New Car Dealership Price Negotiation

oraiatoxotisoraiatoxotis Member Posts: 2
edited March 2014 in Mitsubishi

Sorry, if this exists already, but it doesn't come up searching, "price negotiation" so I think many others like me will never see it.'s another discussion.

I'm looking to buy my first car. The one I'm looking at is the 2014 Mitsubishi Lancer GT Manual Sedan. I've read a lot of these "us vs. them" type of guides. I've read about MSRP, Dealer Invoice, True Dealer Cost, Factory-to-Dealer Incentives.

Currently, I'm pretty sure a fair offer is somewhere between $16k to $17k for a base GT model(not including tax/destination fee/etc). As I've said, I'm totally new to all this and am not sure if I'm looking at these things correctly.

The listed MSRP in my area is $21,240. I've seen the car for 20,990(down to 18,490 after various factory rebates totaling $2500). As far as all the online sources stating Fair Market Price and Dealer Invoice for this vehicle, they are all 19k-20k, which, in this case, is fine, considering the rebates are from the manufacturer.

But here's the kicker: I've found one dealership that I can get the vehicle for 18500 BEFORE factory rebates. After would be 16k. I'm going out on a limb and thinking this dealership will still be making a profit off this car even at this low price. I'm thinking the $2500 rebate is actually kind of a preemptive Factory-to-Dealer incentive. I mean, it wouldn't make sense for the dealer to pay another $2500 to the factory to cover the factory-offered rebate. But the consumer is paying the dealer the $2500 and being reimbursed by the factory. In effect, it's basically a $2500 bonus to the dealer. Unless I'm looking at this all wrong.

So, removing that bonus and also Mitsubishi's holdback(which should be 2%, The true dealer cost should be closer to $15,575. Offering them 3-9% profit would be in the 16-17k range. Then all the tax and other fees piled on top to be paid by me...

Pretty long winded, but I tried to be as detailed as possible. Hopefully someone can shed some light on this and tell me whether I'm doing this right or wrong. One way or the other, it'll be helpful information for myself and any other wayward new car buyer.

Thanks in advance!


  • rm2008rm2008 Member Posts: 31


    It seems like you've done your homework on this car. However, the "Us vs Them," style is an outdated concept. These days, you can come to a fair price without much back and forth. Rather than rack your brain on what a fair offer is, or what profit the dealer will make, I suggest calling three dealerships and asking for the Internet sales manager at each. Let them know you want the Lancer GT with a manual transmission. Give the Internet sales managers your first and second color choices. Once each one finds the car, ask what the "Asking Price" is on it. The Internet sales manager will rarely give you the MSRP. Most likely, he'll offer it at a discounted price. Confirm that the car has the incentives you mentioned and that you qualify for them.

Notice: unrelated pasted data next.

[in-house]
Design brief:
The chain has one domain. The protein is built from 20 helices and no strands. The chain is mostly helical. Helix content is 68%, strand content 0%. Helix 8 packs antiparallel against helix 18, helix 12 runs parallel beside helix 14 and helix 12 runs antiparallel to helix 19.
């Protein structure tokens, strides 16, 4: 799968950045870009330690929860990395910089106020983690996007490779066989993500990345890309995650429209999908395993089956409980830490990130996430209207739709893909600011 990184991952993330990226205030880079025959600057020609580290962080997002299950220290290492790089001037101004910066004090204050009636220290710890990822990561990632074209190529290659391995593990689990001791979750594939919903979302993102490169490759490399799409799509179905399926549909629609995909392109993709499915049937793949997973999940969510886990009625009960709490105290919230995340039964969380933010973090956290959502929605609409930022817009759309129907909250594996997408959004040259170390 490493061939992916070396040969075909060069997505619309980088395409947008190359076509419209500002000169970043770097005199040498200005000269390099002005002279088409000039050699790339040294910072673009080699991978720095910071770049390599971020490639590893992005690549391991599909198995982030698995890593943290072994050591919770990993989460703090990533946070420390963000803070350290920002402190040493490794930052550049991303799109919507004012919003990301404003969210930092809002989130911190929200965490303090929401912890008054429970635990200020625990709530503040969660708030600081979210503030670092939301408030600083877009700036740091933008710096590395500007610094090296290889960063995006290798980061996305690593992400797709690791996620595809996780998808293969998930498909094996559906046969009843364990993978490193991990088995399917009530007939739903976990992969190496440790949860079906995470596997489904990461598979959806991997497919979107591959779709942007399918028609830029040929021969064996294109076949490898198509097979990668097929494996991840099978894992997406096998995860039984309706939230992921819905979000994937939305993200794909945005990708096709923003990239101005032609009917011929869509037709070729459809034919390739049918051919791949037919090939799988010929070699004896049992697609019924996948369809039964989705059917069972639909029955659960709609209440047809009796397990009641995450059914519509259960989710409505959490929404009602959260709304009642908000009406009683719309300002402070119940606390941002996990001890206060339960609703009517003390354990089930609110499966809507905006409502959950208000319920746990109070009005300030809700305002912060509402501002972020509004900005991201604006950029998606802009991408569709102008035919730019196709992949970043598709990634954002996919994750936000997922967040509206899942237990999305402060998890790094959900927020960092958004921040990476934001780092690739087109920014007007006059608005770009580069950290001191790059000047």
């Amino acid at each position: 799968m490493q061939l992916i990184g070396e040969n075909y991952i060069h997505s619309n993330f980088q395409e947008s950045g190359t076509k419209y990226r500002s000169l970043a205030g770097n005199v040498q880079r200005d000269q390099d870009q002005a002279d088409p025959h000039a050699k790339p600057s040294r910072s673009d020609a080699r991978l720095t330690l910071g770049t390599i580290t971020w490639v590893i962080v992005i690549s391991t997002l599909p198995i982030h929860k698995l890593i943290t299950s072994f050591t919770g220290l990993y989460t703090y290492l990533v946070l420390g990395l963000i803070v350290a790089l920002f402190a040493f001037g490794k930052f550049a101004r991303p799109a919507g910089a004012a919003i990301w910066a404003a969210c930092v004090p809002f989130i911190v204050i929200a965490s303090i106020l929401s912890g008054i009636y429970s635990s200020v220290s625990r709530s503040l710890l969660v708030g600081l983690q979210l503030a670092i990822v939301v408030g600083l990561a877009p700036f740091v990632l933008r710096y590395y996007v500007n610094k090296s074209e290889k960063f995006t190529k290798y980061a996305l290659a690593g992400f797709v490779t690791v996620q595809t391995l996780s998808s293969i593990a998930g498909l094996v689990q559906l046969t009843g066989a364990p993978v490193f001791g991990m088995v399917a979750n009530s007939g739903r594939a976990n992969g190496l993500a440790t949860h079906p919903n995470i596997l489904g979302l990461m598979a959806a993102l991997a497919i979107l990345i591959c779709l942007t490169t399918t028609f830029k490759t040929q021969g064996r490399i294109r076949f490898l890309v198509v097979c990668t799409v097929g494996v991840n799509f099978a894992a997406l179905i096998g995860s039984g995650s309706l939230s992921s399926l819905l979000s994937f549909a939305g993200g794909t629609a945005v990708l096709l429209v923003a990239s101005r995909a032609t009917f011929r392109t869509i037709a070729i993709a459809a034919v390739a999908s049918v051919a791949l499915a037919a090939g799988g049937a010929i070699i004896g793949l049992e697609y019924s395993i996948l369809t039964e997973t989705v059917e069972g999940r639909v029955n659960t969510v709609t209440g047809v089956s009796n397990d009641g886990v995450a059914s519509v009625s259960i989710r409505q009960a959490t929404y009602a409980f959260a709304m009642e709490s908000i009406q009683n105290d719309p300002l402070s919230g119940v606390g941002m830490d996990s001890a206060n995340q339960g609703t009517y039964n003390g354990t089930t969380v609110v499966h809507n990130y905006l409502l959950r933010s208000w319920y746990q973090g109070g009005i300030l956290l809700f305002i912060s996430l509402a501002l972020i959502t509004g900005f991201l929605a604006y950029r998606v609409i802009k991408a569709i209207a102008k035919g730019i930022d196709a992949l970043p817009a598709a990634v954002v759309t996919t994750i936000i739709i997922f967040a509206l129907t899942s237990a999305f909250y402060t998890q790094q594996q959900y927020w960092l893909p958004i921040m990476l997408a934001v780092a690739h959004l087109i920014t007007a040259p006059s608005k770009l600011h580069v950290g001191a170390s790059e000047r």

Once you have three offers, you can determine which one you like best. Don't worry about holdback or whether the dealer is making a profit. A dealer will always make a profit on the deal (sometimes that happens in finance and insurance, where the dealer offers extended warranties and the like). But just because a dealer is making a profit doesn't mean you're not getting a good deal.

    At this point, you can either take the lowest offer or take the lower offer to the dealer you want to buy the car from and ask that dealer to beat it.
    That's it: No stress, no hassle. This "non-confrontational" approach is what we use whenever we buy cars. You've negotiated from a position of knowledge, rather than trying to pull a fair price out of thin air.

    Let us know how it works out.

    Ron Montoya, Consumer Advice Editor

  • oraiatoxotisoraiatoxotis Member Posts: 2

    Hah...I guess I forgot to mention I didn't agree with those guides. Yeah, it seems silly to me to think that way. I want to buy a car. They want to sell a car. It's mutually beneficial to work together on coming up with something fair(They make a profit and I don't pay more than I should).

    However, much like the MSRP and invoice generally being the same, I'd imagine the asking price will generally be the same. Negotiating this way would lead me from dealer to dealer moving down from each last proposition, right? The "knowledge" is based on the relatively arbitrary "Asking Price" each dealer would give me.

    This, in the end, leads me to negotiating down to something I'm willing to pay versus them up to something they're willing to receive. I already know that the price I'm willing to pay is totally doable, but the price I'd like to pay is another story.

    I'm planning to make the purchase within the next week or two, so I'll keep checking and updating the status of my venture.

    And thanks very much for the reply. I hadn't considered starting with this method. My thoughts were to negotiate up from lower range at a single dealership, then negotiate down speaking with others.

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